Paragonimiasis is an infection with parasitic worms. It is caused by eating undercooked crab or crayfish.
Paragonimiasis can cause illness resembling pneumonia or stomach flu. The infection can last for years.
Paragonimiasis is caused by infection with a flatworm. That's a parasitic worm also called a fluke or lung fluke because it commonly infects the lungs. Usually, infection comes after eating undercooked crab or crayfish that carry immature flukes.
Once swallowed by a person, the worms mature and grow inside the body. Over months, the worms spread through the intestines and belly (abdomen). They penetrate the diaphragm muscle to enter the lungs. Once inside the lungs, the worms lay eggs and can survive for years, causing chronic (long-term) paragonimiasis.
Paragonimiasis is rare in the U.S. Most cases occur in Asia, West Africa, and South and Central America.
Paragonimiasis causes no symptoms during initial infection. Many people with paragonimiasis never experience any symptoms. When paragonimiasis symptoms do occur, they result from the worms’ location and activity in the body, which change over time.
In the first month or so after someone is infected, paragonimiasis worms spread through the abdomen, sometimes causing symptoms that can include:
Worms then travel from the belly into the chest. There they can cause respiratory symptoms, such as:
Without treatment, paragonimiasis becomes chronic. It can continue for decades.
- Belly pain
- Bloody diarrhea
- Lumps or bumps on the skin of the belly or legs that come and go over time
Some people with chronic paragonimiasis have no noticeable symptoms.
In up to 25% of people hospitalized with paragonimiasis, the worms infect the brain. Symptoms can include:
Diagnosing paragonimiasis can be difficult or delayed. That's because its symptoms are often mild and overlap with more common conditions.
Most often, a person with symptoms has multiple tests before a doctor makes the diagnosis of paragonimiasis. Exams and tests used to make a diagnosis include:
Patient History. Your doctor will get clues about possible paragonimiasis by looking at the pattern in which your symptoms appeared. Your doctor will ask about your past eating of undercooked crab or crayfish.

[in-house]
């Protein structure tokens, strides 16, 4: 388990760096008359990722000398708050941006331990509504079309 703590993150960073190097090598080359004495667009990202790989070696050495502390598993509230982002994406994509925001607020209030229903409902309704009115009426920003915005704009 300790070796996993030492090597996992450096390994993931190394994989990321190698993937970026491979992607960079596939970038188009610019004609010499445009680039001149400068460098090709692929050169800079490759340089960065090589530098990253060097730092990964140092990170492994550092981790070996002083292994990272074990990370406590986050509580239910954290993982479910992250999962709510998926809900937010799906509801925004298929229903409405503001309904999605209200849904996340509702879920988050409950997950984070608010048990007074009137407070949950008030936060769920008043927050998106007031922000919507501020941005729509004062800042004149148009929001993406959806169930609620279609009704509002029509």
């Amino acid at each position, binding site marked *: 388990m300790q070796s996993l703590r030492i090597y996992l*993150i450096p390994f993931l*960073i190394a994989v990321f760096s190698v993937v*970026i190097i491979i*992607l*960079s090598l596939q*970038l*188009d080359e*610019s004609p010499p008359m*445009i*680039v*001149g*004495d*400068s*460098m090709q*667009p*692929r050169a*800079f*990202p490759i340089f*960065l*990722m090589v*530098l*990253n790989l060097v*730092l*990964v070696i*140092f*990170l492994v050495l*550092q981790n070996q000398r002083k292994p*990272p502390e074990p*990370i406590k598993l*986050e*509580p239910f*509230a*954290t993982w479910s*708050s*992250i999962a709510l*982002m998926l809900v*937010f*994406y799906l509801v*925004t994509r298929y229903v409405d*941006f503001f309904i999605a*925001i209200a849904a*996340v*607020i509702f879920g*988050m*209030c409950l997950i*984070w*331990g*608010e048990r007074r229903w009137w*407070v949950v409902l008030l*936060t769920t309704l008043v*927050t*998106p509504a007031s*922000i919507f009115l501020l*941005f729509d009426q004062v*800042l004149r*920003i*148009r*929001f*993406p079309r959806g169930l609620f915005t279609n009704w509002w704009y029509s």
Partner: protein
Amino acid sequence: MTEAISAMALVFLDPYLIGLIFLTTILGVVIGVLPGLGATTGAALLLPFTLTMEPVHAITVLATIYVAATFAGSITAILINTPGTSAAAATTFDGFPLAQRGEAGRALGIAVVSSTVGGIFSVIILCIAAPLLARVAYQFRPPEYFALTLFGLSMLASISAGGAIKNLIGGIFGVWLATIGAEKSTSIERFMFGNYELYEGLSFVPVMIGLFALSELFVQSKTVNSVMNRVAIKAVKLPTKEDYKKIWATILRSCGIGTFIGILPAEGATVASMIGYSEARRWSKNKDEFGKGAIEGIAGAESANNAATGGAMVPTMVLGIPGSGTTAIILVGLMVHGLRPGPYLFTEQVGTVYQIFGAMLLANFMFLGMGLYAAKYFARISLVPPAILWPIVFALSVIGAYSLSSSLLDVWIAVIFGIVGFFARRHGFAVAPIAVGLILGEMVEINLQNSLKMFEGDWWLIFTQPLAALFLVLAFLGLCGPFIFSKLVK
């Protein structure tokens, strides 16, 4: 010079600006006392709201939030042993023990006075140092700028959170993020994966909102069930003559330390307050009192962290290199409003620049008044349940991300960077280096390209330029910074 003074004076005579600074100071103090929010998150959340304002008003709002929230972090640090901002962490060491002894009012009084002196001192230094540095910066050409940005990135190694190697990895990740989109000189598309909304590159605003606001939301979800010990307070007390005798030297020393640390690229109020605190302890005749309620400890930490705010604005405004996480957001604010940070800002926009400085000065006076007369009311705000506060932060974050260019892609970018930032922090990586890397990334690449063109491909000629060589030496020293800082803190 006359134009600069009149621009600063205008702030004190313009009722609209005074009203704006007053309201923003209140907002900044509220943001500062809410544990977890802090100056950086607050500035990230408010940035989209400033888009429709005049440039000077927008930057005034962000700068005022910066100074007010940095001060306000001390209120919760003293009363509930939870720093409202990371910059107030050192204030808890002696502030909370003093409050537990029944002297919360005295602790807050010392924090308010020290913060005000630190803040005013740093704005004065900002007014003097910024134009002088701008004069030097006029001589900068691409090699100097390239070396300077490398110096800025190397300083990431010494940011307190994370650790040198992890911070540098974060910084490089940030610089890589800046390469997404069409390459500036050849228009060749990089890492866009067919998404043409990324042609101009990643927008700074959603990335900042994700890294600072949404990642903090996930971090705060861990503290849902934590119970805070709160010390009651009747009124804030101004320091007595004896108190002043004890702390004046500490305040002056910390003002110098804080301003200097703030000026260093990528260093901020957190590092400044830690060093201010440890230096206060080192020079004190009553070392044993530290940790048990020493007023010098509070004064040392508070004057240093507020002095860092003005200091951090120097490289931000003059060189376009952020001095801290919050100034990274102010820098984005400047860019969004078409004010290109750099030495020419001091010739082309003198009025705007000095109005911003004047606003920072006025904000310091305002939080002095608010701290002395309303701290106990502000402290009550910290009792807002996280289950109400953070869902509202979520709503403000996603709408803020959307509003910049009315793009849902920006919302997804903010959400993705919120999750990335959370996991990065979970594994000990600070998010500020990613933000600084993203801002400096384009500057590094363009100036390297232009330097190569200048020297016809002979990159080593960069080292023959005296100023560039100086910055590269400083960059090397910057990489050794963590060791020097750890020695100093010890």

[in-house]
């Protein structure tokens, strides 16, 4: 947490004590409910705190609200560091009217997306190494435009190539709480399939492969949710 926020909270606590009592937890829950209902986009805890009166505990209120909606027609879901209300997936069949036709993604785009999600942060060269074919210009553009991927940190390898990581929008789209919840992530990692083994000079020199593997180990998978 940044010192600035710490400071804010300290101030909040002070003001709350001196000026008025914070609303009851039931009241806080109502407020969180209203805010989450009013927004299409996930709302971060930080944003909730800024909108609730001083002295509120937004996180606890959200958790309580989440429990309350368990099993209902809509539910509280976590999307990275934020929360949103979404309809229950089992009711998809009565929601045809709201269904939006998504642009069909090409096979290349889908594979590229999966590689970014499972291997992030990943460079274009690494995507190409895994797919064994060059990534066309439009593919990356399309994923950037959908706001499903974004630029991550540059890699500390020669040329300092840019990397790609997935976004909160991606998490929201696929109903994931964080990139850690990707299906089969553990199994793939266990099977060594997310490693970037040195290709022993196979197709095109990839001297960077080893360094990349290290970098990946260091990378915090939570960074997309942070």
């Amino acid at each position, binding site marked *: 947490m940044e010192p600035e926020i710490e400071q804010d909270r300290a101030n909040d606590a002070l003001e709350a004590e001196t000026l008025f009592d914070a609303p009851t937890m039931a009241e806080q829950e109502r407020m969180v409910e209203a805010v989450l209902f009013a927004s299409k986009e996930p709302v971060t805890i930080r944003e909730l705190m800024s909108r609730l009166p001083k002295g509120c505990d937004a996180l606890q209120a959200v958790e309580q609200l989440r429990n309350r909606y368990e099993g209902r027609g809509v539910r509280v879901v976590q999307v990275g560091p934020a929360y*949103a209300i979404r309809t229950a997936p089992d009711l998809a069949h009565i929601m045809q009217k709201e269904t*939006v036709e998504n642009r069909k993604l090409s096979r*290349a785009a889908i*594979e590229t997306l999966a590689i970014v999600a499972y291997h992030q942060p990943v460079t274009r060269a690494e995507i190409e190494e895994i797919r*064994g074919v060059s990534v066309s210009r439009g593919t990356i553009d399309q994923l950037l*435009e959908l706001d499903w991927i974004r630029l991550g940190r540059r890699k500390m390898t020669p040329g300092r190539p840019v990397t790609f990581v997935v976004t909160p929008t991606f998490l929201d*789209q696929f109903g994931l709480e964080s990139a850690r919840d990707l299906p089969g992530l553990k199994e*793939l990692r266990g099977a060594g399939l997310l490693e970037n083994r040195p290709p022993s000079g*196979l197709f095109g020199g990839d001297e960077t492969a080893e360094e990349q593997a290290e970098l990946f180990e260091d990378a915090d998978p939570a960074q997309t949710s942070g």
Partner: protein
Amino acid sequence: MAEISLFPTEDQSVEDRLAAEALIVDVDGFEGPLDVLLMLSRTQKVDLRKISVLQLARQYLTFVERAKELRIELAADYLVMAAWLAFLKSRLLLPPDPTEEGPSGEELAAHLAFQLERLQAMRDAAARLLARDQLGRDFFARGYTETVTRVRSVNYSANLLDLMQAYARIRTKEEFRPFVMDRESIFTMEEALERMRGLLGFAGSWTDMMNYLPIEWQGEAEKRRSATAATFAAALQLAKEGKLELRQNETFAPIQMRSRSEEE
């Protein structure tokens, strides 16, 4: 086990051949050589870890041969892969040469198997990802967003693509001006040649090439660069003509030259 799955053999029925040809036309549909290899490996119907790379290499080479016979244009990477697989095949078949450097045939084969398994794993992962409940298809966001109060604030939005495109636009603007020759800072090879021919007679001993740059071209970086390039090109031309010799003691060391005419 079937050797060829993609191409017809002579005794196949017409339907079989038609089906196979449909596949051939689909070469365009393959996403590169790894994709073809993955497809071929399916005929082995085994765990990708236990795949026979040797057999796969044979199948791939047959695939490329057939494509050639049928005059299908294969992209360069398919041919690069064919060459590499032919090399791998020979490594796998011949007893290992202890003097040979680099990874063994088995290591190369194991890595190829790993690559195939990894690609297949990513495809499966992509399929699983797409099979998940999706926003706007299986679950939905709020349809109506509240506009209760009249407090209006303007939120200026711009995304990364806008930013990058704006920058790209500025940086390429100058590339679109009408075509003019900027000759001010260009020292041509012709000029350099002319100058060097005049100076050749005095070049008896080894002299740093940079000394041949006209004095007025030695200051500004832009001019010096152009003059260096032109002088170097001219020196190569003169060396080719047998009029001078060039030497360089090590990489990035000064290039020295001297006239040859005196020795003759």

Physical examination. Abnormal breath sounds or belly tenderness observed with a doctor’s examination of the chest or belly can suggest a problem and direct further testing.
Sputum microscopy. Fluke eggs may be detected during examination of coughed-up sputum under a microscope.
Chest X-ray. Nodules (spots) in the lungs, hollowed-out areas (cysts or cavities), or fluid around the lungs (pleural effusions) may be present.
Bronchoscopy. A doctor can put an endoscope (flexible tube with a camera on its tip) through the nose or mouth into the lungs. Flukes or their eggs are collected from lung fluid samples. The flukes or eggs may be seen under a microscope.
Thoracentesis. A doctor puts a needle through the chest wall to sample fluid around the lungs (pleural effusion).
Stool studies. Fluke eggs may be seen in stool samples when examined under a microscope.
A definite diagnosis of paragonimiasis is made when fluke eggs are detected in an infected person’s sputum or stool. But the flukes may not lay eggs until two months after you are infected. That makes early diagnosis difficult.
In most people, paragonimiasis can be cured with oral anti-parasite medications. Both praziquantel (Biltricide) and triclabendazole (Egaten) are approved for treatment. Praziquantel is taken three times daily for two days, while triclabendazole is taken twice a day, 12 hours apart.
In the rare cases of paragonimiasis with brain involvement, other treatments may be necessary, such as anti-seizure medications or surgery to reduce brain swelling.